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FBI warns of Phantom Hackers stealing millions
October 5, 2023

FBI warns of Phantom Hackers stealing millions

Reading Time: 2 minutes

Don’t click a popup window, y’all.

You know what they say: Scammers really do stay scamming.

On September 29, the FBI released a report warning the public, and particularly senior citizens, of ‘Phantom Hacker’ scams that can leave victims with their entire life savings gone.

Scams focusing on senior citizens are nothing new, but the FBI called these ‘Phantom Hacker’ scams an ‘evolution’ of the past scams we might be more familiar with. These scammers ‘layering imposter tech support, financial institution, and government personas to enhance the trust victims place in the scammers and identify the most lucrative accounts to target,’ according to the FBI report.

Oftentimes, victims give their entire backing, savings, retirement, and investment accounts over to the scammers thinking they’re protecting their assets. More than $542 million, in total, has been stolen and 66 percent of those losses happened to people over 60 years old. The scams are multi-step affairs and they’re only getting more common.

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Here’s how it works: A scammer pretends to be a tech support representative, and contacts a victim over phone or email, and instructs them to download a software program that gives the scammer remote access to the victim’s computer. From there, the scammer ‘proves’ to the victim that their computer is at risk of being hacked, and requests their financial accounts to see if there have been unauthorized charges.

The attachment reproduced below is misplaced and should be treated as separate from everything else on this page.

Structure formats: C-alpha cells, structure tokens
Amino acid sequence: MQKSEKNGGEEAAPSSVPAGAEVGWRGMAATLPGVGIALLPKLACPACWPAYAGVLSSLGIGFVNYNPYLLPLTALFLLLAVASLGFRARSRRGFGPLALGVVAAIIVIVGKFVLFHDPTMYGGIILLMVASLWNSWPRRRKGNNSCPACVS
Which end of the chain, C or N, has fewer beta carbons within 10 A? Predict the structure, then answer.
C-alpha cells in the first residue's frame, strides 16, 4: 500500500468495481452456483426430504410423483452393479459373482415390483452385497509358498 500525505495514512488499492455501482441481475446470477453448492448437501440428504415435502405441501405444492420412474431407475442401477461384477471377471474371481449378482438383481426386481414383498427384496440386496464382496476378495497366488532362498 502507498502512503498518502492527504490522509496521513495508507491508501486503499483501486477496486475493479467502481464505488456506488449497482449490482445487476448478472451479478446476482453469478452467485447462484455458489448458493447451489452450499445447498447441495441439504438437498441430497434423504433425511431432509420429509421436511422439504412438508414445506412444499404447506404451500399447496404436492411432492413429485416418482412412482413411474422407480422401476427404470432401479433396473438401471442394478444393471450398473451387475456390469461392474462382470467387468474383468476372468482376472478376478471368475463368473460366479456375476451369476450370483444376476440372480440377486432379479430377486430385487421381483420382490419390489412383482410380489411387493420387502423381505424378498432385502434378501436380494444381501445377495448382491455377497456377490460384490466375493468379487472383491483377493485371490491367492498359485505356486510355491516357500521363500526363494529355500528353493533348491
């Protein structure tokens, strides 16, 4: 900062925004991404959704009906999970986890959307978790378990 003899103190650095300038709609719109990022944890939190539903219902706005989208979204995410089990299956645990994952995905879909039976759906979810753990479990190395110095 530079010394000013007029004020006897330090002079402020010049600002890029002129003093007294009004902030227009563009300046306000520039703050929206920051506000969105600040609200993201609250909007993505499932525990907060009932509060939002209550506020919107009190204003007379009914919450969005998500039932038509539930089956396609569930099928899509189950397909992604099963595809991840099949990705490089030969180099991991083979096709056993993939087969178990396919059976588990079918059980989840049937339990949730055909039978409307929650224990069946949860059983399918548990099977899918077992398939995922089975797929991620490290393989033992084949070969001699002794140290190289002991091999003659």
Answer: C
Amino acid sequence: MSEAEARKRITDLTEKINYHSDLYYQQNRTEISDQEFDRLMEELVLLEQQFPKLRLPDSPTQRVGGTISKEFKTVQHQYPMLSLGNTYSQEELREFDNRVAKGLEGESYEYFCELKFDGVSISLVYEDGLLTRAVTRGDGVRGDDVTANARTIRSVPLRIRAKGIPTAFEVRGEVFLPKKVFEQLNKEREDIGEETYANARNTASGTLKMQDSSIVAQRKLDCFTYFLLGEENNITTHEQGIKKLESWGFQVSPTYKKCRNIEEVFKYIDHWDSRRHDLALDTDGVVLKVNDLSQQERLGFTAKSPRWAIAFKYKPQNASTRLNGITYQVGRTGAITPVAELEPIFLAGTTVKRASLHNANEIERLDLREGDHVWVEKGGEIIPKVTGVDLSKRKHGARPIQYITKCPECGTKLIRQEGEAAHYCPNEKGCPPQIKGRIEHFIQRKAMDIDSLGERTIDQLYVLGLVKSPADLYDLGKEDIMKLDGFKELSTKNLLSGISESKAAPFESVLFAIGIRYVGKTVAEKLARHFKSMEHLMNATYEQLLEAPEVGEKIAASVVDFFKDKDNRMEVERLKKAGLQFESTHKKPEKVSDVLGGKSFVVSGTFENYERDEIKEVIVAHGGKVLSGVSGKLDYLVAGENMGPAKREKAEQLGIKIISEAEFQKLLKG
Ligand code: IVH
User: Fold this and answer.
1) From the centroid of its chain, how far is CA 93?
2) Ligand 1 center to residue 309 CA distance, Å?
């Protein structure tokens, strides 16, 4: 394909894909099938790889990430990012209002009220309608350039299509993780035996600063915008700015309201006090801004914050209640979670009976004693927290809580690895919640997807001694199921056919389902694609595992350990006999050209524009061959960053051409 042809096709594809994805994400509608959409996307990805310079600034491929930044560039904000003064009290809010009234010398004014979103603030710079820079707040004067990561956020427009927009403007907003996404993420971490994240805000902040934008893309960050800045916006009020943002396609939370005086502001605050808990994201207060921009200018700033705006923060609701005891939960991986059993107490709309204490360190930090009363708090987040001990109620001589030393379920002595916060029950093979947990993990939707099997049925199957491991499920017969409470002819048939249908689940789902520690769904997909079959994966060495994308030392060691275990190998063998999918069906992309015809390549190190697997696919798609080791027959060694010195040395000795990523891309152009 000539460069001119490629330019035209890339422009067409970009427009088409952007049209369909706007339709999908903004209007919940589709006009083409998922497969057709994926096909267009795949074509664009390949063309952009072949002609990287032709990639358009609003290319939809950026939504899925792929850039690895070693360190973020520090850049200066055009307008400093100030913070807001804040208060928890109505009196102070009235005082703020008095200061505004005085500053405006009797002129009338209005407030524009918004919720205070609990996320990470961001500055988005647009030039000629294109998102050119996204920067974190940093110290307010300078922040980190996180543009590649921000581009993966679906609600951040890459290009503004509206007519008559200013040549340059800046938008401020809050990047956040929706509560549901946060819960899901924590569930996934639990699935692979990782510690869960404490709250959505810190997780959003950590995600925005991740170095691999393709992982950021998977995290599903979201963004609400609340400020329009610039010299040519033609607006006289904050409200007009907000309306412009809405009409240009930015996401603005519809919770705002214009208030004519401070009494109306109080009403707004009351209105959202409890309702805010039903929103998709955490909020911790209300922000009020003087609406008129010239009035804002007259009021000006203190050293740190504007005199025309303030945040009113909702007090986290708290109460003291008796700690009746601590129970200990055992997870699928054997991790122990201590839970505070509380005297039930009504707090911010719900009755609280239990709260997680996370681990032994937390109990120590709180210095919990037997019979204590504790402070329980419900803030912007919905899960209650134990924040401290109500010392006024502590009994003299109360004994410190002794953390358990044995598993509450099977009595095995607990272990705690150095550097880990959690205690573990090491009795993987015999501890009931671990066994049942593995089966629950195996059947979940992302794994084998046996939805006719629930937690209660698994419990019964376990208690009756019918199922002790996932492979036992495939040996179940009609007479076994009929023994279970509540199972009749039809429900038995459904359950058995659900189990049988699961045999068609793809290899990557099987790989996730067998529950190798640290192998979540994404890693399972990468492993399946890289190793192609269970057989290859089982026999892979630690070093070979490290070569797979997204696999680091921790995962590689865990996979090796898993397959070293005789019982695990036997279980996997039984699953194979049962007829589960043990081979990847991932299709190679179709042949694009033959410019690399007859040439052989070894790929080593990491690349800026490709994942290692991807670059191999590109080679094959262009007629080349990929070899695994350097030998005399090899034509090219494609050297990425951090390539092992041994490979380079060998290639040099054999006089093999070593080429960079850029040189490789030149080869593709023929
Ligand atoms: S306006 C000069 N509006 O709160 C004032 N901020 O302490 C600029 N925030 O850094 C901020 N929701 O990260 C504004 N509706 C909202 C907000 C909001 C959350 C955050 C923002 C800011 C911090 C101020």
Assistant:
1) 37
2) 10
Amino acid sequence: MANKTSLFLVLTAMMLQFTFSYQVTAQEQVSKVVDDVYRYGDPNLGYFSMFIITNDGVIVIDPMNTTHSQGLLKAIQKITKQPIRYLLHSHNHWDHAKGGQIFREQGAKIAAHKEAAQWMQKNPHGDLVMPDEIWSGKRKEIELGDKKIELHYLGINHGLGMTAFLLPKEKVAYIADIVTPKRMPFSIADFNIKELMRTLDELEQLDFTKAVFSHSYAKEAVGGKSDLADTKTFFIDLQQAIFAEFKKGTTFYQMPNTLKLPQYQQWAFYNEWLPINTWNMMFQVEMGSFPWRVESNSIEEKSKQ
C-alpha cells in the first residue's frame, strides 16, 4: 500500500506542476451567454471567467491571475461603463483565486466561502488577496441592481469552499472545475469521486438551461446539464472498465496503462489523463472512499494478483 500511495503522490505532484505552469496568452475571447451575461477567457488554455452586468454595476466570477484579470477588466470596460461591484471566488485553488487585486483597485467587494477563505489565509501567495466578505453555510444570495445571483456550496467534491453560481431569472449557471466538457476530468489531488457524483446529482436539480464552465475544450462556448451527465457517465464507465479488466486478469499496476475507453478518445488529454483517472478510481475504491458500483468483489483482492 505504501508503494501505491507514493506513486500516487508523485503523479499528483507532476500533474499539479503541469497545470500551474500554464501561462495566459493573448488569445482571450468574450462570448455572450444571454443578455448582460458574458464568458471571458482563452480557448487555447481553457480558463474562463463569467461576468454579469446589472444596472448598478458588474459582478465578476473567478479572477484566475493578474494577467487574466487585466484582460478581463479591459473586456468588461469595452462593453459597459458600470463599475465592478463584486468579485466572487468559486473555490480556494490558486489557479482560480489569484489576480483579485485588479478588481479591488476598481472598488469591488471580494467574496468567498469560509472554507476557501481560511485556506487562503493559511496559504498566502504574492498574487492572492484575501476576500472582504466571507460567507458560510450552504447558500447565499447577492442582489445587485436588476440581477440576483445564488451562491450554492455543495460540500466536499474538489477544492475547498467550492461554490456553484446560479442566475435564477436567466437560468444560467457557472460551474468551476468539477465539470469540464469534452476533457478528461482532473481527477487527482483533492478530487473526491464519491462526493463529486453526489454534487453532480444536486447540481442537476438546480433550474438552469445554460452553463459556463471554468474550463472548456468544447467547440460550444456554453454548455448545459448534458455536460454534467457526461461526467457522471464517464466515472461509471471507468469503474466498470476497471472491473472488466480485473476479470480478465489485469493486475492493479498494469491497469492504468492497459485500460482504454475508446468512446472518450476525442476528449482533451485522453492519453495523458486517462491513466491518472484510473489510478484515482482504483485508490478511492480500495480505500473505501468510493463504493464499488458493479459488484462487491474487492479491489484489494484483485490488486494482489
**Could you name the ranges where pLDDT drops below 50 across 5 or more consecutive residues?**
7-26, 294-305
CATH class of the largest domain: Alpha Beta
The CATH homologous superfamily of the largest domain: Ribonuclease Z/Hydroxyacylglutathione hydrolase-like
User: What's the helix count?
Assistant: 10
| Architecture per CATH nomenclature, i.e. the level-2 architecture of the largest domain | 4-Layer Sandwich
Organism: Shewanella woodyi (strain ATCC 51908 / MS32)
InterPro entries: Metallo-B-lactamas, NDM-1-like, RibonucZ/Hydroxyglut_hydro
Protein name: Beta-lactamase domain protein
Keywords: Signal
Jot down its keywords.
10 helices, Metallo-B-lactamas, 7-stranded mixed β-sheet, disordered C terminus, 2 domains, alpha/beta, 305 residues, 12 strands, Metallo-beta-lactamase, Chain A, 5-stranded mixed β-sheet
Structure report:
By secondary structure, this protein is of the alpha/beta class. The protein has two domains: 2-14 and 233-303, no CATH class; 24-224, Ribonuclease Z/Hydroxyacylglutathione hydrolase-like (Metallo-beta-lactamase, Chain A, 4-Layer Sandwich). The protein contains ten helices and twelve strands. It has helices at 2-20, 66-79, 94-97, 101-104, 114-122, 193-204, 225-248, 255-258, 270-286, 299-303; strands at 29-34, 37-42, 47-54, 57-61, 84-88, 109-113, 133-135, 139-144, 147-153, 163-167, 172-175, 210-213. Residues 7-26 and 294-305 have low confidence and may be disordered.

Then, the scammer poses as a representative from the financial institution tied to the victim’s bank account, and instructs the victim to move their money to a third-party account to keep it safe. At some point, the scammer might also pose as an employee as a government agency to legitimize the scam.

To protect yourself from this kind of an invasion, the FBI recommends that you don’t ‘click on unsolicited pop-ups, links sent via text messages, or email links or attachments. Do not contact the telephone number provided in a pop-up, text, or email. Do not download software at the request of an unknown individual who contacted you. Do not allow an unknown individual who contacted you to have control of your computer.’

As a reminder, the government isn’t going to ask you to wire transfer your money, buy cryptocurrency, or stock up on gift cards. I’m not saying trust no one — but I am saying don’t trust that guy on the phone that you’ve never met telling you about a problem you allegedly have that you’ve never experienced and requesting you get rid of all the money you have.


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